I could write about our rendezvous in Rome or how we have chai and chill at home.

So I write about this trip to Kodaikanal, where we decided to take a walk in the park to see the Kurinji flowers.

It was getting late and we were trying to make haste,

but the clock had struck 8 and they had locked the park gates.

Mom decided to take matters in her hand and wave her magic wand.

So we were to climb the high wrought iron gates and try and make a great escape.

In the middle of it all we stopped to pluck some Kurinji flowers.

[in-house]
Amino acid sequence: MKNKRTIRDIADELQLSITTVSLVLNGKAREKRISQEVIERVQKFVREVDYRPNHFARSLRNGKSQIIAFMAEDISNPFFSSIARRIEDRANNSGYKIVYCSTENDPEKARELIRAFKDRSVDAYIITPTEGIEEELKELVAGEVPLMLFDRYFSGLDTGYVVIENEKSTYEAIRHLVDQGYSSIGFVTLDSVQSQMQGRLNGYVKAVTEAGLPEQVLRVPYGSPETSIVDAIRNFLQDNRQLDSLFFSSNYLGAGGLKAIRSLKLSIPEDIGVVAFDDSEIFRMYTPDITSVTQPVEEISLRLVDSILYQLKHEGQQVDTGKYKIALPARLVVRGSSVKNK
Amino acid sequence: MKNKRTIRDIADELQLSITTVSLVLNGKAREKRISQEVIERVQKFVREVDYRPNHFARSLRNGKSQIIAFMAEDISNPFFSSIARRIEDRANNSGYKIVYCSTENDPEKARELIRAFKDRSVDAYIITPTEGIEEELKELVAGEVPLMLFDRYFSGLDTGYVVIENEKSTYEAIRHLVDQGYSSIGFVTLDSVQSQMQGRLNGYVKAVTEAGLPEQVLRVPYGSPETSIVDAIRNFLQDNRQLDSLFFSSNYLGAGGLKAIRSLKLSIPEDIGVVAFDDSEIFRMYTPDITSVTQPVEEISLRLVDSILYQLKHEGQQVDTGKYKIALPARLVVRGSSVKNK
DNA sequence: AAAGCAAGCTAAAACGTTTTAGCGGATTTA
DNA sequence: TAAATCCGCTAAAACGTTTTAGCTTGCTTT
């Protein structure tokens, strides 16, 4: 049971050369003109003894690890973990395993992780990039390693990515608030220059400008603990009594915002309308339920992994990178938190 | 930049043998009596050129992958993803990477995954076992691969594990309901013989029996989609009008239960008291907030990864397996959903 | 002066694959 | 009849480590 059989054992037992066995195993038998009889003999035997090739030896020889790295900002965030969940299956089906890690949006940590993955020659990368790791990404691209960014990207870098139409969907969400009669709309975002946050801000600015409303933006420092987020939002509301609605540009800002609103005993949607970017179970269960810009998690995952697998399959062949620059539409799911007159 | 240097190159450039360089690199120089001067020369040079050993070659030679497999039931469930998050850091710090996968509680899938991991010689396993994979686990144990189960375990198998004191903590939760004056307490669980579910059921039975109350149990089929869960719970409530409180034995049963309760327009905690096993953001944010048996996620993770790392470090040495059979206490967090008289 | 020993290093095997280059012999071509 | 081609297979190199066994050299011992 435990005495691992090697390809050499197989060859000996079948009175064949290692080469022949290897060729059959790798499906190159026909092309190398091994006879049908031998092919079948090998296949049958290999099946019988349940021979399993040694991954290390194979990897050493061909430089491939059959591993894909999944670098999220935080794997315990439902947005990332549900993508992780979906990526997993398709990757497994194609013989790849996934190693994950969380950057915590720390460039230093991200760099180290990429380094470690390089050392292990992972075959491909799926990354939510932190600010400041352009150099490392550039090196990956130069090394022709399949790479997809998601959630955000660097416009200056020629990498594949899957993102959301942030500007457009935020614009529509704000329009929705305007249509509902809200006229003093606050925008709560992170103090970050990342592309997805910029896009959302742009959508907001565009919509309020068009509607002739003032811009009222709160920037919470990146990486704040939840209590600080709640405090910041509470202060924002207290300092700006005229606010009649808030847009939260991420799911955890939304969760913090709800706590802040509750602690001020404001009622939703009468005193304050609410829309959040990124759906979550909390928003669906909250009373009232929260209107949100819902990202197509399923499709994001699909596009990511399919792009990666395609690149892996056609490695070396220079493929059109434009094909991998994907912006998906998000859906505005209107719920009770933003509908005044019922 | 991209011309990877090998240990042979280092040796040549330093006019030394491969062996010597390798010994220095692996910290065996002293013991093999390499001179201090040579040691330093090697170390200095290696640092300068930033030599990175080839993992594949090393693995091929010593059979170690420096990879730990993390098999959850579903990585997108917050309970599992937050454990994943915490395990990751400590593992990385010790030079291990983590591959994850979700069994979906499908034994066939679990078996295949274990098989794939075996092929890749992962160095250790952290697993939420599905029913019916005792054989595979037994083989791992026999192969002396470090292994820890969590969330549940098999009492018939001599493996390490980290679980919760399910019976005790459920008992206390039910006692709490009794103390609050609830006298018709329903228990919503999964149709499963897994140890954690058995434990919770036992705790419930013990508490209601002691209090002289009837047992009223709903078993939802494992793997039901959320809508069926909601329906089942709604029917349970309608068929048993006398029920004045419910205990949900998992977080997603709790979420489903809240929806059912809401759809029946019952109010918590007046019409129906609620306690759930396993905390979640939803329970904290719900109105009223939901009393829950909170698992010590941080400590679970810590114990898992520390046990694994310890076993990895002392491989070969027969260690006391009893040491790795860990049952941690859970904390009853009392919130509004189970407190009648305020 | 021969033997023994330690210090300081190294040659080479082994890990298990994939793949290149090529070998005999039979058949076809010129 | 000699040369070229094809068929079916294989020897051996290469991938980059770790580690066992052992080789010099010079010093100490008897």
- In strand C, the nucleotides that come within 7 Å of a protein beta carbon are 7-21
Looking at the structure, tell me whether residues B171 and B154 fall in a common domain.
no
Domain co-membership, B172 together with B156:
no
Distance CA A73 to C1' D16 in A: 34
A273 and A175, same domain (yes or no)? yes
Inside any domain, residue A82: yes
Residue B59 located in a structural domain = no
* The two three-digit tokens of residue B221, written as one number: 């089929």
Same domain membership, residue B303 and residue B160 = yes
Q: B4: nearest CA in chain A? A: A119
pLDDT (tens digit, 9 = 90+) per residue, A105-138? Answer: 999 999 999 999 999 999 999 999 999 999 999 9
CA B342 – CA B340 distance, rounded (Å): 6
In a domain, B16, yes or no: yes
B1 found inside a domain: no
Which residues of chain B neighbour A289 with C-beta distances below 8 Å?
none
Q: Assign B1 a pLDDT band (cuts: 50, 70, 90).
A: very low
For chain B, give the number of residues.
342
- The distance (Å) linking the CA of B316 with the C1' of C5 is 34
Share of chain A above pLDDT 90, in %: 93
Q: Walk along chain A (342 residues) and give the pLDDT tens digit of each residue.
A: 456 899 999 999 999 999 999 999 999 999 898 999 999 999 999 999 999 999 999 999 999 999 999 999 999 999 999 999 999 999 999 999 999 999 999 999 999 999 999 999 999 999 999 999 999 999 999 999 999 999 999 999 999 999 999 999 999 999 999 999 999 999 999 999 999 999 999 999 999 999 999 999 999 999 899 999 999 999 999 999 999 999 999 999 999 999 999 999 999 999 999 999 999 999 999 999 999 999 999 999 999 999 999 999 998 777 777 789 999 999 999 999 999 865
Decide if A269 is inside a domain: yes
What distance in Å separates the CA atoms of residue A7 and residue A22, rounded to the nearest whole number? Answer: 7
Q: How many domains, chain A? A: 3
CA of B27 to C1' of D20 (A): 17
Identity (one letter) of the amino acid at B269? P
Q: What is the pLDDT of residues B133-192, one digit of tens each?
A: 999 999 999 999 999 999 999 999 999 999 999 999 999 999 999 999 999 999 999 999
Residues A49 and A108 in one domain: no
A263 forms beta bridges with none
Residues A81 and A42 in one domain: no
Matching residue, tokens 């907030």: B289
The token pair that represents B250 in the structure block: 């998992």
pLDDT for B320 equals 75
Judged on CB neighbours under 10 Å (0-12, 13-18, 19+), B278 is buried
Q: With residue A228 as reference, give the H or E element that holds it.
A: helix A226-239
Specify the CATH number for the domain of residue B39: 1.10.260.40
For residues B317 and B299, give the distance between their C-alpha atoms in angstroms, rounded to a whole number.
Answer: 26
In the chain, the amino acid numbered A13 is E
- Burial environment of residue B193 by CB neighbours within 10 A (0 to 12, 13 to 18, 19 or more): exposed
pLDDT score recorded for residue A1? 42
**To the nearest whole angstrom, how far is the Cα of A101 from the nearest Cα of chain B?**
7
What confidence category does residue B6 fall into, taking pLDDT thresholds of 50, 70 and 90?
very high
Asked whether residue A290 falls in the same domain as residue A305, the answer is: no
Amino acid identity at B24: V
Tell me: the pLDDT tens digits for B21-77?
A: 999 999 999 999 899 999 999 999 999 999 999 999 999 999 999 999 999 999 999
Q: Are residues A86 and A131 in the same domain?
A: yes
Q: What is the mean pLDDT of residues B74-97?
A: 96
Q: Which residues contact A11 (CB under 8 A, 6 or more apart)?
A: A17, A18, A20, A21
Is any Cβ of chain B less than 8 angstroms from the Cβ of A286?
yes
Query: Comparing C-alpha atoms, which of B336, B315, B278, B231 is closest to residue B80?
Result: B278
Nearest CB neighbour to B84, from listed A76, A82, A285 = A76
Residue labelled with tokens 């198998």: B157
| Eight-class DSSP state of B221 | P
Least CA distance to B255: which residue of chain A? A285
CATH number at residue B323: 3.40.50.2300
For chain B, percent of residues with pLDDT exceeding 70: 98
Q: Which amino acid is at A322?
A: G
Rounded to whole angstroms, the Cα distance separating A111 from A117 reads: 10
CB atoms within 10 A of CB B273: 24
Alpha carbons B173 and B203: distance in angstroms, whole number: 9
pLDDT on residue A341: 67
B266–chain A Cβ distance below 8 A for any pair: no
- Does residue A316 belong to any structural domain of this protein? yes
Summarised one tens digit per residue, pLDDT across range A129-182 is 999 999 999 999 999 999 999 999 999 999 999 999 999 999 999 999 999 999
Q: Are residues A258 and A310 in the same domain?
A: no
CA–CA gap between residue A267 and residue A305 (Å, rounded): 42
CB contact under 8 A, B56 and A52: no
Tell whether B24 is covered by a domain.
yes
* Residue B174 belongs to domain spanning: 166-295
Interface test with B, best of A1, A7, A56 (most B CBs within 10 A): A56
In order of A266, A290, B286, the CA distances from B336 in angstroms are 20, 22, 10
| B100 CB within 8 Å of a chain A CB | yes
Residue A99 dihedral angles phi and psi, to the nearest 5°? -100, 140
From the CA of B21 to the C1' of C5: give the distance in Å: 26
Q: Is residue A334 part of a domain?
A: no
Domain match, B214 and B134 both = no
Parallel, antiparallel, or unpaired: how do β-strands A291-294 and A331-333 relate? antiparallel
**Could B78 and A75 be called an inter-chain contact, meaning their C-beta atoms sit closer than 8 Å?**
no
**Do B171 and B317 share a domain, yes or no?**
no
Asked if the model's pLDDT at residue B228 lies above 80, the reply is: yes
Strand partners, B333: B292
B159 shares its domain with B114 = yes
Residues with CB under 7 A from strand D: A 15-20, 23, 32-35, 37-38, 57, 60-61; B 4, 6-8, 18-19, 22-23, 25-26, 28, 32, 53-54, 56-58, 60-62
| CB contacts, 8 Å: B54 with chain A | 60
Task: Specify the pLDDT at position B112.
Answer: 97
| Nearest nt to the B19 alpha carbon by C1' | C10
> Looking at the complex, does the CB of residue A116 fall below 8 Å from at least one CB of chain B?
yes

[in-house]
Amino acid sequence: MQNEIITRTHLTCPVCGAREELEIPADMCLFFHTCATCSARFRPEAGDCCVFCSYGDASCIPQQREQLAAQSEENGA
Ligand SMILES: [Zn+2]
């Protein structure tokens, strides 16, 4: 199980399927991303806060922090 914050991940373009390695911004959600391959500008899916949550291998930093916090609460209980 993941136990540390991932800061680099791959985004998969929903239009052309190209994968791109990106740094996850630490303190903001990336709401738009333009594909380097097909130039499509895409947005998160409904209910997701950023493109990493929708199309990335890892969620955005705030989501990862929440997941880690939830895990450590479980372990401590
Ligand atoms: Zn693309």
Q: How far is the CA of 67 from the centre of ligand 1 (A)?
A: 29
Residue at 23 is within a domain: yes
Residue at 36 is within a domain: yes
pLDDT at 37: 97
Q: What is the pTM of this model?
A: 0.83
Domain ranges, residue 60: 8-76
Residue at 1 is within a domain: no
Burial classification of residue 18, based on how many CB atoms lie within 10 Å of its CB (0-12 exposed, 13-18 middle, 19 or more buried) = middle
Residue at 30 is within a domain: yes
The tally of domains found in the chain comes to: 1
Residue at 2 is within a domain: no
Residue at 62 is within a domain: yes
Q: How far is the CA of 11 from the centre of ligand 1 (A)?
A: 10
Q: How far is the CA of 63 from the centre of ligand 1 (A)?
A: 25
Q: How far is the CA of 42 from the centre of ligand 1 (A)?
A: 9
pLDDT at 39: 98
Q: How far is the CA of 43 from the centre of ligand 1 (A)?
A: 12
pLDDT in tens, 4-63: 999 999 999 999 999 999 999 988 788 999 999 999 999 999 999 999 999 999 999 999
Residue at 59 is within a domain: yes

After all, scaling walls was fine if it was done with some feminine panache.

This is for the woman who has taught me to scale walls and that, as a woman, one can do it all.

Suchita Saigal


By Tania Bhattacharya

It is funny how I don’t have any mom story. There is hardly any memory that I can single out and share, although I can do that for almost everyone else. ‘Is this even normal?’ I ask myself. Apparently, it is not. I have always shared a nice and healthy relationship with my mom. It might not have been ‘perfect’ or we might not have been the best friends, but it had always been fulfilling. I had my own ‘I know better than you’ phases but I guess that is part of growing up. So how is it possible that no ‘special’ memory of my mom surfaces even after these 32 years of knowing her?

And then I realize.